Wednesday, March 17, 2010

Ten Months and Counting

The day I put the condo on the market -- May 22, 2009 -- I ran into my massage therapist in the locker room at my gym. “What? What?” she said, staring at me with concern. I told her what was up. She said she had never seen my eyes so shiny, my face so animated.

Three months later, as I lay on the massage table in defeat, the therapist said, “I knew you couldn’t sustain that level of exhilaration. No one could. I’m not sure it’s healthy, and I’m glad you have calmed down.”

On Monday, nearly 10 months after listing the condo, I dragged in for my monthly massage. My mood was quiet, closed, sad – and I suspect my face reflected that. “It’s been almost a year,” I whined. Then I drifted off to that other planet where I always go when I have a massage.

Later that evening, I practiced coping with the fact that I may still be living in the condo on May 22, 2010. Here is what I came up with:

A year is a long time.

“My financial advisor says I can retire, but not for another year.”

“We’ll get that debt paid off, even if it takes a year.”

“Twelve months from now, everything may look different.”

A year is a short time.

“Just last year, I was still a junior.”

“Twelve months ago, we were planning the wedding, and now we’re just three months from our first anniversary!”

“Twelve months from now, everything may look different.”

A year is a long time if you count minutes and hours while looking ahead.

A year is a short time if you count seasons while looking back.

All years bring some good, some bad -- and then we characterize them.

Annus mirabilis means “year of wonders” or “wonderful year.” You remember – Frank Sinatra sang about one (“It was a very good year…”) and collected the Best Vocal Performance (Male) award in 1966.

Annus horribilis is year of a different sort. You hear people speak of those kinds of years. “Last year was terrible…”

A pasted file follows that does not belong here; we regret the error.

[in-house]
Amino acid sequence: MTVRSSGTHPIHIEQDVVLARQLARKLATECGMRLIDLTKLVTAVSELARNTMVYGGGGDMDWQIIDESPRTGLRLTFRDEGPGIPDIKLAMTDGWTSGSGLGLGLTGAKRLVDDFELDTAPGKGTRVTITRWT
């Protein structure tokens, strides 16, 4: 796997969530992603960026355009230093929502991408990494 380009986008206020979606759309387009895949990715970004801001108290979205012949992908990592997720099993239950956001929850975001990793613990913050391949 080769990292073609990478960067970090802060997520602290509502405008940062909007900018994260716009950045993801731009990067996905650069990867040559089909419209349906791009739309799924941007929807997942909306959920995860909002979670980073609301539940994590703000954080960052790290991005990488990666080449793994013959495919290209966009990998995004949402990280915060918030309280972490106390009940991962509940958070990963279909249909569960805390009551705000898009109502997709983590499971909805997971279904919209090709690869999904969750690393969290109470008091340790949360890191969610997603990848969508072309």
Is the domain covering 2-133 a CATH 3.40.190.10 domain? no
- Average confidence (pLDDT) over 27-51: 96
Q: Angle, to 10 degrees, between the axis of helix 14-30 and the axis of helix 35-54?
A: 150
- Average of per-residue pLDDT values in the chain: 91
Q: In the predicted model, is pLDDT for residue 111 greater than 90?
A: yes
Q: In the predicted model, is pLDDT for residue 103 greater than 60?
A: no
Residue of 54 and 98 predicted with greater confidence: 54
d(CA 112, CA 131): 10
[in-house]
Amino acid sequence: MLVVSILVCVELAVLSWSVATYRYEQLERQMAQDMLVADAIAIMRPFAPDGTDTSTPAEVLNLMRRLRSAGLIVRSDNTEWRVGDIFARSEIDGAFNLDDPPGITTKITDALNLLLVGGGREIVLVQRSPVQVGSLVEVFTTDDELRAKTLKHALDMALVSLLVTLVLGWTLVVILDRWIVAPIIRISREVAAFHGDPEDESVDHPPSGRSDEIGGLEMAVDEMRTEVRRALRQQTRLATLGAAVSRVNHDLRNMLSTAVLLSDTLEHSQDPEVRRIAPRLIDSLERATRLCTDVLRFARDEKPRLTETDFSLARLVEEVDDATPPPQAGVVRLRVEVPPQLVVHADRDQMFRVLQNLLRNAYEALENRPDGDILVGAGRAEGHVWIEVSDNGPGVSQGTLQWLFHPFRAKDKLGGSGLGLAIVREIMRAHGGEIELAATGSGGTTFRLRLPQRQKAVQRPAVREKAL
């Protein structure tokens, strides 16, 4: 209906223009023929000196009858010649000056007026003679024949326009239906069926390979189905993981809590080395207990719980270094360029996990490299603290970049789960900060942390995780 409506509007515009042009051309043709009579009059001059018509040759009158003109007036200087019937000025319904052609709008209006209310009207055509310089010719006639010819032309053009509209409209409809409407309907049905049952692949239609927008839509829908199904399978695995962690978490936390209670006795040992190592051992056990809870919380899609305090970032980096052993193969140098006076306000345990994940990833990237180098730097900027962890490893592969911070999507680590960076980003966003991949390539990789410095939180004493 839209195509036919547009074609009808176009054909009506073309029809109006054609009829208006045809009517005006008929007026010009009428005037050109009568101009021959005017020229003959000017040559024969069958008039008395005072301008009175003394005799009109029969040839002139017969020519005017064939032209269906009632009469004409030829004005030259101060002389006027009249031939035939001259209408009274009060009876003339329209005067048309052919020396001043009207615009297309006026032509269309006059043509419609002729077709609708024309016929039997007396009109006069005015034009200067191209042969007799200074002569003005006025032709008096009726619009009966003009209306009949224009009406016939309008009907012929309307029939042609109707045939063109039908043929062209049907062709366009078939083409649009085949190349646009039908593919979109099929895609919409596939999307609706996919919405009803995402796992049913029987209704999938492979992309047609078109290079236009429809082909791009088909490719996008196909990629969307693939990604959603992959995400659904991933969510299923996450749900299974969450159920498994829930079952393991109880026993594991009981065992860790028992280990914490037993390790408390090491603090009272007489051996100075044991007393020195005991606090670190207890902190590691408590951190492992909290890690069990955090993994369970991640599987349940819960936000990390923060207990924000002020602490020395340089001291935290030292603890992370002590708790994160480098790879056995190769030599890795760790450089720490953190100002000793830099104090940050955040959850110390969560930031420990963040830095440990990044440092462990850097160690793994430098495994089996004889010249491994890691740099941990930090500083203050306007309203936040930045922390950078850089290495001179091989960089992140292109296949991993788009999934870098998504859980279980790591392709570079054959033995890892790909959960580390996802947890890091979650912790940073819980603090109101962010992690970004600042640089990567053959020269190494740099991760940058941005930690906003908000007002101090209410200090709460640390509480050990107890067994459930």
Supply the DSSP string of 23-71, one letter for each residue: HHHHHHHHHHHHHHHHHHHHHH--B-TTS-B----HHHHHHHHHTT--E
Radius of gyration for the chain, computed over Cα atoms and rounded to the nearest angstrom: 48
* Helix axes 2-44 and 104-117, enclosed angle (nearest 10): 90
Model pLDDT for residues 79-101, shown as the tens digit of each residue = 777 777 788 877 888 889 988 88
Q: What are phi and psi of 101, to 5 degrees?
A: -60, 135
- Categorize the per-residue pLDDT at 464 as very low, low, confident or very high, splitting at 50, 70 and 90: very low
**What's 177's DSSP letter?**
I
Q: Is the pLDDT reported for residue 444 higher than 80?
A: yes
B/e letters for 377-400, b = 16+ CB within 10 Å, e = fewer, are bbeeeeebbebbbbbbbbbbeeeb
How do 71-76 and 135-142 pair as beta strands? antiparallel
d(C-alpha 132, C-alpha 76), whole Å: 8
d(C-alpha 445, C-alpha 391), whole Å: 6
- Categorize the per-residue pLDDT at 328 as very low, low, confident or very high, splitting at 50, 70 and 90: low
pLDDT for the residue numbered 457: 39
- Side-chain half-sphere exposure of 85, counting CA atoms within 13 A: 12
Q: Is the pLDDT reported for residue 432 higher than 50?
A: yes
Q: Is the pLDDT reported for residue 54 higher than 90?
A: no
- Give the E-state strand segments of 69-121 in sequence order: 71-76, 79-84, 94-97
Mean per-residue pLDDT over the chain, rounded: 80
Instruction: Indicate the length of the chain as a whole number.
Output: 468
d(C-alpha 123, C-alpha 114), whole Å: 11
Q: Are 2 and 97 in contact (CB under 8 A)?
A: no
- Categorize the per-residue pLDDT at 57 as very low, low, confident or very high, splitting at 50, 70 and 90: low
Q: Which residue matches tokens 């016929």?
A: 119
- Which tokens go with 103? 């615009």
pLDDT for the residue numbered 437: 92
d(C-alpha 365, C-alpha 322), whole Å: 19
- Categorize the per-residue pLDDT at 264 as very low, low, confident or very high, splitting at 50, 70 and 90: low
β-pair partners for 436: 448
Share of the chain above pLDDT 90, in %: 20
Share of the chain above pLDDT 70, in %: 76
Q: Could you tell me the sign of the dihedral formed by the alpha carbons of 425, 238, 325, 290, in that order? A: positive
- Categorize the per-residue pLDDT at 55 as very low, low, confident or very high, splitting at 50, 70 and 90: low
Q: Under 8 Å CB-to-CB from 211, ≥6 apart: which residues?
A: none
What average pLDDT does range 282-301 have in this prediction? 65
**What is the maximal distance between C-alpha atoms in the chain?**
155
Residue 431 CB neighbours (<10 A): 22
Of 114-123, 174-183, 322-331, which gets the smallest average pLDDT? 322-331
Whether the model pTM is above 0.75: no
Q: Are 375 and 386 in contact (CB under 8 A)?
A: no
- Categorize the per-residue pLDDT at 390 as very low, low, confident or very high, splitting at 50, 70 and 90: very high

So what defines my past year? Much mirabilis: Joel and Patricia got married. Joel and Patricia bought a house. I got to spend Christmas with them, in the house. I have been inundated with work -- wonderful work, fun projects, unexpected assignments, much glorious work.

A bit of horribilis: The Cancer Fairy blasted me again – but (mirabilis) it was tiny, it was contained and lopping off the body part did the trick, requiring no further treatment.

Also, Lee Enterprises, which owns the Post-Dispatch, decided that they didn’t mean it when they agreed to provide the free health insurance I was promised when I retired. Soon I will be asked to find $7,000 a year to pay for health insurance that was promised as free. That just about wipes out my Moving to San Francisco Fund, but thank goodness I’ve been working hard. (See mirabilis.)

Of course, this is horribilis for all 150 people who retired under the yellow contract and also has sideswiped the people who retired under the previous contract and a lot of top management retirees, as well.

Like everybody else, I had a year that offered some good and some bad. Here are the words I am hanging onto:

“You need to stop worrying about selling the condo. You have a terrific agent, and you need to let her do her job,” counseled my massage therapist. “Besides, it hasn’t been a year yet.”


  1. Nostalgia, deadlines and hopes can make for a particularly thick and fragrant soup. The picture that memory paints so often is a different story from what sparked the memory. Hope and plans, they get us out of bed and motivated beyond the morning cup of coffee. Sweet when the manifest and an endless rock in the shoe when they don't.

    Still, a year is not yet up, and there are buds on the trees!

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  3. There's a correction in the 3/20 Post-Dispatch on A2. It says that Thursday's story regarding Lee employees' health insurance "incorrectly implied that the proposal would affect existing retirees."

    Crossed fingers that the correction is correct.